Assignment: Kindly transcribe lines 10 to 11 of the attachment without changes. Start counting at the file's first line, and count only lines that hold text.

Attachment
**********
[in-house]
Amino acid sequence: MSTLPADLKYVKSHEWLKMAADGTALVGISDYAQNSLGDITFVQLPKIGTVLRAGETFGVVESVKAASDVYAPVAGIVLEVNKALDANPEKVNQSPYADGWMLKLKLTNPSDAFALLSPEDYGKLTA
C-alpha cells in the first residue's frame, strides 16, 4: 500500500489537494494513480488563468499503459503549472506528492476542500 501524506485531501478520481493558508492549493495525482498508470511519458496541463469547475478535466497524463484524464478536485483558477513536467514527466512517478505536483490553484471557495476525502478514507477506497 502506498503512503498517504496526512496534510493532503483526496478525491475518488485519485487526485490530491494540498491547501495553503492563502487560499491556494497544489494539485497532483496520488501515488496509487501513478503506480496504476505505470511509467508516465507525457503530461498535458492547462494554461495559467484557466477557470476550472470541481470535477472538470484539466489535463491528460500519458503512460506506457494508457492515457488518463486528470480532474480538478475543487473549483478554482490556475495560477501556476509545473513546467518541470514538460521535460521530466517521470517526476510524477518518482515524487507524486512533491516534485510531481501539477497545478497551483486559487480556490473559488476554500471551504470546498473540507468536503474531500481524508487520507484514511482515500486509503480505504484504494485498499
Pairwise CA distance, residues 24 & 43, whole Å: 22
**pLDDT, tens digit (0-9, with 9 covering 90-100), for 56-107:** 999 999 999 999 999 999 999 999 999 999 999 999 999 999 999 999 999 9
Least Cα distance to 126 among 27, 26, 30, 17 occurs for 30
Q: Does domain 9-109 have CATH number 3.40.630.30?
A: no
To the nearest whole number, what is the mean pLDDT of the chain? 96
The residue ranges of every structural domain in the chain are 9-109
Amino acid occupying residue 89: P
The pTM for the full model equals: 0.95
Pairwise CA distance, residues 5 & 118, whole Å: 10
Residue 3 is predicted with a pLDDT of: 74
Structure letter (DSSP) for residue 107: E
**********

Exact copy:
The residue ranges of every structural domain in the chain are 9-109
Amino acid occupying residue 89: P